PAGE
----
I'm a bit reticent about the body of the lens being made of plastic rather than metal, but I guess this is one way in which weight has been saved and only the test of time will prove if this was a sensible move on the part of Nikon.  That said, the plastic appears to be high quality.

The autofocus seems to be an improvement on the previous lens.  It is faster, more accurate and quieter. There is notably less hunting, even when the subject bird is distant and only covered by a single focus point. The M/A setting on the lens ensures that you have full time manual override available.

Cliff Swallow, 21 point dynamic AF-C, cropped & sharpened

Kildeer, 21 point dynamic AF-C, cropped & sharpened

Vibration Reduction 
This is the first lens that I have owned which has VR, so it is hard for me to make any useful comment compared with other image-stabilised lenses. However  the VR seems to be very solid (Nikon claims four and a half stops of stabiliastion) and has two modes a "normal" and  "sport", the latter being recommended for birds in flight (and seems to work very well for this purpose).  How useful the VR system proves to be in poorly lit rainforest remains to be seen. There has apparently been a problem with the VR system on some Nikon cameras (such as the D810) but I have not experienced any problem on my D7100, and I understand Nikon have a firmware update that eliminates this problem.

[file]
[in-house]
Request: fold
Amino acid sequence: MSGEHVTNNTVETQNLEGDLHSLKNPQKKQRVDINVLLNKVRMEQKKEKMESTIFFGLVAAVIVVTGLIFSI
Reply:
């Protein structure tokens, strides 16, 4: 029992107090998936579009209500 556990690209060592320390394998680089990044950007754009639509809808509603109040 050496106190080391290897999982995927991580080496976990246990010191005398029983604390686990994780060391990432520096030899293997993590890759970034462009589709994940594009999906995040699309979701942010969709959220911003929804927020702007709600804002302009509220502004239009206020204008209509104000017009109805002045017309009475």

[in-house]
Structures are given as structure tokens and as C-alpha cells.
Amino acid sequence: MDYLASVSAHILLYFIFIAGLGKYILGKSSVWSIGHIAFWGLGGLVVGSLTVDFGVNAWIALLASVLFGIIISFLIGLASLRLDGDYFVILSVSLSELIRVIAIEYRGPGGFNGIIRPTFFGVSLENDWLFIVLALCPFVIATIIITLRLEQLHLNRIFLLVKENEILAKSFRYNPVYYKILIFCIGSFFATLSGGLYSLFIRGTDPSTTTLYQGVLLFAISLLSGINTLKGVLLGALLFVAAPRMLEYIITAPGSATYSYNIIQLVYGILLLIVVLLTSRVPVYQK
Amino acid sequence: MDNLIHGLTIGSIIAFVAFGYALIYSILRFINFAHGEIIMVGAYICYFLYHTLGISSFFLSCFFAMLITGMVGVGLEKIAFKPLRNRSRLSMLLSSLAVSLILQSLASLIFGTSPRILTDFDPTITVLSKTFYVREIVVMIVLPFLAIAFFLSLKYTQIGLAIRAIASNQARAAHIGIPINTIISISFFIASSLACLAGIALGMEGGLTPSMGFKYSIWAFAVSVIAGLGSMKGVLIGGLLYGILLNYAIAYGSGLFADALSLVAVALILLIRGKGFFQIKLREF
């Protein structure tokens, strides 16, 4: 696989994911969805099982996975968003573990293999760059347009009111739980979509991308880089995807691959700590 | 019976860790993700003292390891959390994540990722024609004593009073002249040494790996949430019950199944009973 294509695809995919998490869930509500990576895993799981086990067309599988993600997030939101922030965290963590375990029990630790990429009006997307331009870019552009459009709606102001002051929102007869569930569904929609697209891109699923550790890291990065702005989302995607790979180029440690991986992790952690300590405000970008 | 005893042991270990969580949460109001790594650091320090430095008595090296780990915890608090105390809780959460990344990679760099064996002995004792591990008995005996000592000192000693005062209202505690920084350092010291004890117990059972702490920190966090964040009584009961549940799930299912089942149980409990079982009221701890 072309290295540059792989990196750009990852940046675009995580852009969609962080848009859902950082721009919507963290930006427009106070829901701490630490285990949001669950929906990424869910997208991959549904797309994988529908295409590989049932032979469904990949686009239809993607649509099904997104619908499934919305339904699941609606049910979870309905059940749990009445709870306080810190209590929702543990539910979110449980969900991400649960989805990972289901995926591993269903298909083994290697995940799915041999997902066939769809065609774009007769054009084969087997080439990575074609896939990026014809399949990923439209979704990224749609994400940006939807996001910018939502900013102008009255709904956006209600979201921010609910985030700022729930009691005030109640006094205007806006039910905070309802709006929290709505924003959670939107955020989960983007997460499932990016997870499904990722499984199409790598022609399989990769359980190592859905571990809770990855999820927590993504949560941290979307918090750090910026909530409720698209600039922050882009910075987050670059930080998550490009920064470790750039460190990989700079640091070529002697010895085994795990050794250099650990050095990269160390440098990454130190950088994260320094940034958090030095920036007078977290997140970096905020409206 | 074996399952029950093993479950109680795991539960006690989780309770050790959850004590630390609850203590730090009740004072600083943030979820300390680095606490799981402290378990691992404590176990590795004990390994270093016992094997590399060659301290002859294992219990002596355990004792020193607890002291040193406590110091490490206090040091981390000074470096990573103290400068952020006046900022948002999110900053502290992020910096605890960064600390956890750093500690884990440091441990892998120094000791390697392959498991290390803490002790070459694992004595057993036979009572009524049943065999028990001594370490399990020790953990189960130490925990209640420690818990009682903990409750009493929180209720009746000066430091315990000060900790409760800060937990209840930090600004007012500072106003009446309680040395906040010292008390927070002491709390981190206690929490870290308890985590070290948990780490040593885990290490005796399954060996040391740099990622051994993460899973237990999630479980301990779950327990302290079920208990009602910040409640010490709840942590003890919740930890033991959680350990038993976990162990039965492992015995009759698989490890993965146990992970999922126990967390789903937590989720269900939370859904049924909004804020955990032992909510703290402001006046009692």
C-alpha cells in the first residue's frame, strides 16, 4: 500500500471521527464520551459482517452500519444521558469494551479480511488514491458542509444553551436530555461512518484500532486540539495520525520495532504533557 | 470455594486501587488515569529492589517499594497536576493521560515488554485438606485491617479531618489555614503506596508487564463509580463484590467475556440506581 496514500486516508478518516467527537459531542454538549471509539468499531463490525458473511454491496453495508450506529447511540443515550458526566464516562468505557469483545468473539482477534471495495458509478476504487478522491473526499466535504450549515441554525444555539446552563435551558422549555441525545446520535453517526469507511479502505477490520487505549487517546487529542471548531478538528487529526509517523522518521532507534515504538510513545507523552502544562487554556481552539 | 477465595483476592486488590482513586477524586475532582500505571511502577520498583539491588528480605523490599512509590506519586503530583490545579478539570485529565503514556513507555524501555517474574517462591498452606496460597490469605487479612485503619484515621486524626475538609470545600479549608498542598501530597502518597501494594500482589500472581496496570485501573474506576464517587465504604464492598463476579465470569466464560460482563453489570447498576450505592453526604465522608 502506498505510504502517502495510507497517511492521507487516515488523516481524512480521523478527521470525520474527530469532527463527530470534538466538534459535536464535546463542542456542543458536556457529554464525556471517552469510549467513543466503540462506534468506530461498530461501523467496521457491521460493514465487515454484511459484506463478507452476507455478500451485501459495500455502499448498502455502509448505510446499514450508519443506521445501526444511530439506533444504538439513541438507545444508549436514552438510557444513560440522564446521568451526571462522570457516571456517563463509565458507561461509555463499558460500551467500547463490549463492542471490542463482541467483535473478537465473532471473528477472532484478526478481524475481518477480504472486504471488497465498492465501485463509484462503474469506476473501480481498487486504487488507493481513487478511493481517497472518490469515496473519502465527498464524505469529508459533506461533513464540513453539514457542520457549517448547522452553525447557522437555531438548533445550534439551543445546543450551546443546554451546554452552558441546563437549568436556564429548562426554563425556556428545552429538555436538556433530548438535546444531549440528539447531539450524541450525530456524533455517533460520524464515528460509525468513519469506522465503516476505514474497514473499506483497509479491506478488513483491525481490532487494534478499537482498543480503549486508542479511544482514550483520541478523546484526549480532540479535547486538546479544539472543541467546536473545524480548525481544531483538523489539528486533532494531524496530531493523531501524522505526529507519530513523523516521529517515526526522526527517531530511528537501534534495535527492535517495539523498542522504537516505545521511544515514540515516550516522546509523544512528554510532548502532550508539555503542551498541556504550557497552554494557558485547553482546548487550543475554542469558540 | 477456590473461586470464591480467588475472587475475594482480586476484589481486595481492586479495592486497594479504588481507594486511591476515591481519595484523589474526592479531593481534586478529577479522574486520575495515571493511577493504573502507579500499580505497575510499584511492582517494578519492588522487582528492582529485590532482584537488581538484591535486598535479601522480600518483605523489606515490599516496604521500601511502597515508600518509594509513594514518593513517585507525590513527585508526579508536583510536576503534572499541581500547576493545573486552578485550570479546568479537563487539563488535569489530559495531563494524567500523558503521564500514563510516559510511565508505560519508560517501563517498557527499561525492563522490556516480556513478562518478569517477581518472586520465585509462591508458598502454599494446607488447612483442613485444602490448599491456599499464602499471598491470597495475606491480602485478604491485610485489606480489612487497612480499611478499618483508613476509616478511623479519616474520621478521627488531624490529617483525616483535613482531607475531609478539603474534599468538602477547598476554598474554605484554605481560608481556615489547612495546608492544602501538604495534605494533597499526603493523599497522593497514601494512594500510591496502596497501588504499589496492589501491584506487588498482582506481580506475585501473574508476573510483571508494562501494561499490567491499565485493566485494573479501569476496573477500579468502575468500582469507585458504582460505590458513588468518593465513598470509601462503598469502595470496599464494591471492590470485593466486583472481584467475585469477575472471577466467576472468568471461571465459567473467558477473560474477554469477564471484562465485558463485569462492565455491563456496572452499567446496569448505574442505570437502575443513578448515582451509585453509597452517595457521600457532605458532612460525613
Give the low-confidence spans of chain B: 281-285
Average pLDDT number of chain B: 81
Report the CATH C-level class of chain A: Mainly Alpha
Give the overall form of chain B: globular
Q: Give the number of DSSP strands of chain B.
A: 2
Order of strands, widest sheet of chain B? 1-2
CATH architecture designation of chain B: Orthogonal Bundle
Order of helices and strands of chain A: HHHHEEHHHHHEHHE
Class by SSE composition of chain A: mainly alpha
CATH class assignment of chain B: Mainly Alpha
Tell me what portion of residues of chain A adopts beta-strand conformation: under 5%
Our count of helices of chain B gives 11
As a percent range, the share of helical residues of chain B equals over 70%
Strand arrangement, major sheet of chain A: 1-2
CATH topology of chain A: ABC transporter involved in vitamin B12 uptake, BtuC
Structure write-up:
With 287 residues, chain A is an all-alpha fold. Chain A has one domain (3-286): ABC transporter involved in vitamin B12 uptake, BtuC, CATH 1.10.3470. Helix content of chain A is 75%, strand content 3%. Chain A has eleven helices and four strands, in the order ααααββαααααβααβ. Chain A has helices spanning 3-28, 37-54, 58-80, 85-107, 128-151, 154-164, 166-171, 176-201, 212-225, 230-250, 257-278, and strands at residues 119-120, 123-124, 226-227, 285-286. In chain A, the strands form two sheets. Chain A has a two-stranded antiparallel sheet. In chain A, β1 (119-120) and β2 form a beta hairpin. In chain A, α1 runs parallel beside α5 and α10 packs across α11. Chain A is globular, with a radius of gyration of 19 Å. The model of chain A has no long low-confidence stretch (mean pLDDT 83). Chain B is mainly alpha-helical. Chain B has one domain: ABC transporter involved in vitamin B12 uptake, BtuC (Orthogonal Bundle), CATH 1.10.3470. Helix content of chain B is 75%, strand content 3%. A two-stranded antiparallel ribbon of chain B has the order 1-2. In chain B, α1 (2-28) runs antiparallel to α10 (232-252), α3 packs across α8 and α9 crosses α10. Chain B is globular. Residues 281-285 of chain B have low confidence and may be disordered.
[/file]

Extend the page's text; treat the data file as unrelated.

Image quality
This is a prime lens with a nano crystal coating, so it should come as no surprise that it allows pretty tight crops whilst maintaining image quality. I have  not been able to test side-by-side with my old lens but my feeling is that I have more ability to crop as a result of better resolution.  I have not attempted any micro-adjustment of the lens, which may or may not improve the resolution. The bokeh seems to be nice and creamy - just like its predecessor.